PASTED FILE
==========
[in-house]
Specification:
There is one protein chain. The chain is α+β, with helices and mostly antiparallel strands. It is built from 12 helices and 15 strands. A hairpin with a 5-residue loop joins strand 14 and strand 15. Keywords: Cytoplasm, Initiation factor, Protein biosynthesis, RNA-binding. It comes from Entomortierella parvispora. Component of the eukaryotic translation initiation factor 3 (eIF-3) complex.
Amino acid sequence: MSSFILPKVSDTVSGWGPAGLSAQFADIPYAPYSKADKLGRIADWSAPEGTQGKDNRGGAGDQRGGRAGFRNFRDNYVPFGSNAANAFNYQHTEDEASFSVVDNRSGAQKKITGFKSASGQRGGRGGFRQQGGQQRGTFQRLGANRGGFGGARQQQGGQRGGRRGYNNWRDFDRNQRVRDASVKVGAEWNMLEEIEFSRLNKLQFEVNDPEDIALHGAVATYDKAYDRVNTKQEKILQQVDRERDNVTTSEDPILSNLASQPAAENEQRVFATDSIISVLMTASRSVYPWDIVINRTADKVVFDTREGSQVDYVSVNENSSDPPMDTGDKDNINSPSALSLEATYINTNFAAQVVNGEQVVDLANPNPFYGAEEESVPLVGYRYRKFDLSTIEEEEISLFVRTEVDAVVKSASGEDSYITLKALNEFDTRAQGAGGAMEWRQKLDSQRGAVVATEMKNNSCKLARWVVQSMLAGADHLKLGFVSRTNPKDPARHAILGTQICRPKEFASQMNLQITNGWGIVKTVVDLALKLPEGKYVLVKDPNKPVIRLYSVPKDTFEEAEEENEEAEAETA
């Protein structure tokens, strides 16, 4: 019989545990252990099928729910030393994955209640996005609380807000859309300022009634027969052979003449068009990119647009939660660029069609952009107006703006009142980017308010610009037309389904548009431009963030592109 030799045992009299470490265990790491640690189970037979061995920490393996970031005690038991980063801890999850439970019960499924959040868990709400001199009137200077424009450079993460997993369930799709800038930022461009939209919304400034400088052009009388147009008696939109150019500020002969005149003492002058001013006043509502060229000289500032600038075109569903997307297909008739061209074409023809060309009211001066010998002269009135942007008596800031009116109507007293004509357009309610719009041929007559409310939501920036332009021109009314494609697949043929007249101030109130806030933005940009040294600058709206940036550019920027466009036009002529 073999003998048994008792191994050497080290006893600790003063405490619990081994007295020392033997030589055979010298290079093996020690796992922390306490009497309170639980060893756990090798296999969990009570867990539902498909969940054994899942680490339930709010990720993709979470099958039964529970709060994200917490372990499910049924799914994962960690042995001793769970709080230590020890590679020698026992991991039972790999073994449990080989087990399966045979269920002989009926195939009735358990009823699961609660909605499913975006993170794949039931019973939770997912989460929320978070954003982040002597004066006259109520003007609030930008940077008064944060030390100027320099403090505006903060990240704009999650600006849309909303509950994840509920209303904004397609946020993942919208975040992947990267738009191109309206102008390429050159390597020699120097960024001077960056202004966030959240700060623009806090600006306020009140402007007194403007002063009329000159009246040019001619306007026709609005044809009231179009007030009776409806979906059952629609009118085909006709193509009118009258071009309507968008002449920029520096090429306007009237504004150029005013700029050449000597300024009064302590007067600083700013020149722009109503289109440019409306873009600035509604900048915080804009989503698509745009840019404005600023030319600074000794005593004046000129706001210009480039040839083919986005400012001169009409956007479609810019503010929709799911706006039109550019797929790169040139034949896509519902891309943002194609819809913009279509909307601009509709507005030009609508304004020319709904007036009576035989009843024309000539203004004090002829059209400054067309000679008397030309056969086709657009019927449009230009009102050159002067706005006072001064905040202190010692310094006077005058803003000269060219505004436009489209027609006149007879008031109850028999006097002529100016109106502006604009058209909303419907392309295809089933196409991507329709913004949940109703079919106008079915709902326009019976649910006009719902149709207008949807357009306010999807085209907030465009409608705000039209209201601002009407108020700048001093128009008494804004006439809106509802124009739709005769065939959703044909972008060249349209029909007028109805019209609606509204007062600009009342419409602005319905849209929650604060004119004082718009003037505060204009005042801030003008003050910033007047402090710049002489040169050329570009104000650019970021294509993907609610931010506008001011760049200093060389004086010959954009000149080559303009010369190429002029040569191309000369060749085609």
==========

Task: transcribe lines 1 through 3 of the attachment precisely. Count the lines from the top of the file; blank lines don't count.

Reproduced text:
[in-house]
Specification:
There is one protein chain. The chain is α+β, with helices and mostly antiparallel strands. It is built from 12 helices and 15 strands. A hairpin with a 5-residue loop joins strand 14 and strand 15. Keywords: Cytoplasm, Initiation factor, Protein biosynthesis, RNA-binding. It comes from Entomortierella parvispora. Component of the eukaryotic translation initiation factor 3 (eIF-3) complex.